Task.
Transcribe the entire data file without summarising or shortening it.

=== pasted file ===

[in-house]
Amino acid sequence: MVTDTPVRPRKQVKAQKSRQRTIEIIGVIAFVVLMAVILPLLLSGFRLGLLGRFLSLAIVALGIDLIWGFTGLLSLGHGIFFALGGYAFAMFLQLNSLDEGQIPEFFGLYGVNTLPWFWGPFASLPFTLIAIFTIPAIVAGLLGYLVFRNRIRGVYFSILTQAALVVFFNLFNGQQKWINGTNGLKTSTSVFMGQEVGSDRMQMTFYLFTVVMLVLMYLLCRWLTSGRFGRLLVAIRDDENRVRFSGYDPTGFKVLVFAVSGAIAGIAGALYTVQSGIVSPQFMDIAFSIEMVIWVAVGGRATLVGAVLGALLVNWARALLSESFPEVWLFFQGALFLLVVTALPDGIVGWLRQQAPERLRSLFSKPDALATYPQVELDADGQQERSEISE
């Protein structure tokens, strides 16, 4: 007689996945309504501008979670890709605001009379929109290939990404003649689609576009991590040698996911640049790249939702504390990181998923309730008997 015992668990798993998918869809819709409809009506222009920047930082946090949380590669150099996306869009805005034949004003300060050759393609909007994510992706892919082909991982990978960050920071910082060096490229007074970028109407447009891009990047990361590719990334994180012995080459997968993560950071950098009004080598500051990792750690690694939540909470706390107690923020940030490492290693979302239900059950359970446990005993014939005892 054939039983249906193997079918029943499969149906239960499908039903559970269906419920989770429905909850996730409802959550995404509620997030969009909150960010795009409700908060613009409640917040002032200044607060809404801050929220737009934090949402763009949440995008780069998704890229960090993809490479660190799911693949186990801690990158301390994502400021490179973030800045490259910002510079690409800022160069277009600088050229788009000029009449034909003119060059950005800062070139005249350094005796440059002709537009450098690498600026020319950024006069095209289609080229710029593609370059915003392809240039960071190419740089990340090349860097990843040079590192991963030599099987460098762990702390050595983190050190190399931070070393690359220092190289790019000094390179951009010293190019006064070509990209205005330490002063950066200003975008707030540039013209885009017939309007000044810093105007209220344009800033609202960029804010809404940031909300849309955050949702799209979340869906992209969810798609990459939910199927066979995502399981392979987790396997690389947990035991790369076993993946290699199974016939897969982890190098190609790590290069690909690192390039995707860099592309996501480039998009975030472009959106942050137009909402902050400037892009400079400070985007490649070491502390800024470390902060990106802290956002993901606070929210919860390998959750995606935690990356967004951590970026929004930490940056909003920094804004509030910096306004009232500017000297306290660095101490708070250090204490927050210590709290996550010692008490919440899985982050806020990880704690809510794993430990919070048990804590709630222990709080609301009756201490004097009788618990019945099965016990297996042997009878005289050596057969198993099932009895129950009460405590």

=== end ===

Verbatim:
[in-house]
Amino acid sequence: MVTDTPVRPRKQVKAQKSRQRTIEIIGVIAFVVLMAVILPLLLSGFRLGLLGRFLSLAIVALGIDLIWGFTGLLSLGHGIFFALGGYAFAMFLQLNSLDEGQIPEFFGLYGVNTLPWFWGPFASLPFTLIAIFTIPAIVAGLLGYLVFRNRIRGVYFSILTQAALVVFFNLFNGQQKWINGTNGLKTSTSVFMGQEVGSDRMQMTFYLFTVVMLVLMYLLCRWLTSGRFGRLLVAIRDDENRVRFSGYDPTGFKVLVFAVSGAIAGIAGALYTVQSGIVSPQFMDIAFSIEMVIWVAVGGRATLVGAVLGALLVNWARALLSESFPEVWLFFQGALFLLVVTALPDGIVGWLRQQAPERLRSLFSKPDALATYPQVELDADGQQERSEISE
């Protein structure tokens, strides 16, 4: 007689996945309504501008979670890709605001009379929109290939990404003649689609576009991590040698996911640049790249939702504390990181998923309730008997 015992668990798993998918869809819709409809009506222009920047930082946090949380590669150099996306869009805005034949004003300060050759393609909007994510992706892919082909991982990978960050920071910082060096490229007074970028109407447009891009990047990361590719990334994180012995080459997968993560950071950098009004080598500051990792750690690694939540909470706390107690923020940030490492290693979302239900059950359970446990005993014939005892 054939039983249906193997079918029943499969149906239960499908039903559970269906419920989770429905909850996730409802959550995404509620997030969009909150960010795009409700908060613009409640917040002032200044607060809404801050929220737009934090949402763009949440995008780069998704890229960090993809490479660190799911693949186990801690990158301390994502400021490179973030800045490259910002510079690409800022160069277009600088050229788009000029009449034909003119060059950005800062070139005249350094005796440059002709537009450098690498600026020319950024006069095209289609080229710029593609370059915003392809240039960071190419740089990340090349860097990843040079590192991963030599099987460098762990702390050595983190050190190399931070070393690359220092190289790019000094390179951009010293190019006064070509990209205005330490002063950066200003975008707030540039013209885009017939309007000044810093105007209220344009800033609202960029804010809404940031909300849309955050949702799209979340869906992209969810798609990459939910199927066979995502399981392979987790396997690389947990035991790369076993993946290699199974016939897969982890190098190609790590290069690909690192390039995707860099592309996501480039998009975030472009959106942050137009909402902050400037892009400079400070985007490649070491502390800024470390902060990106802290956002993901606070929210919860390998959750995606935690990356967004951590970026929004930490940056909003920094804004509030910096306004009232500017000297306290660095101490708070250090204490927050210590709290996550010692008490919440899985982050806020990880704690809510794993430990919070048990804590709630222990709080609301009756201490004097009788618990019945099965016990297996042997009878005289050596057969198993099932009895129950009460405590």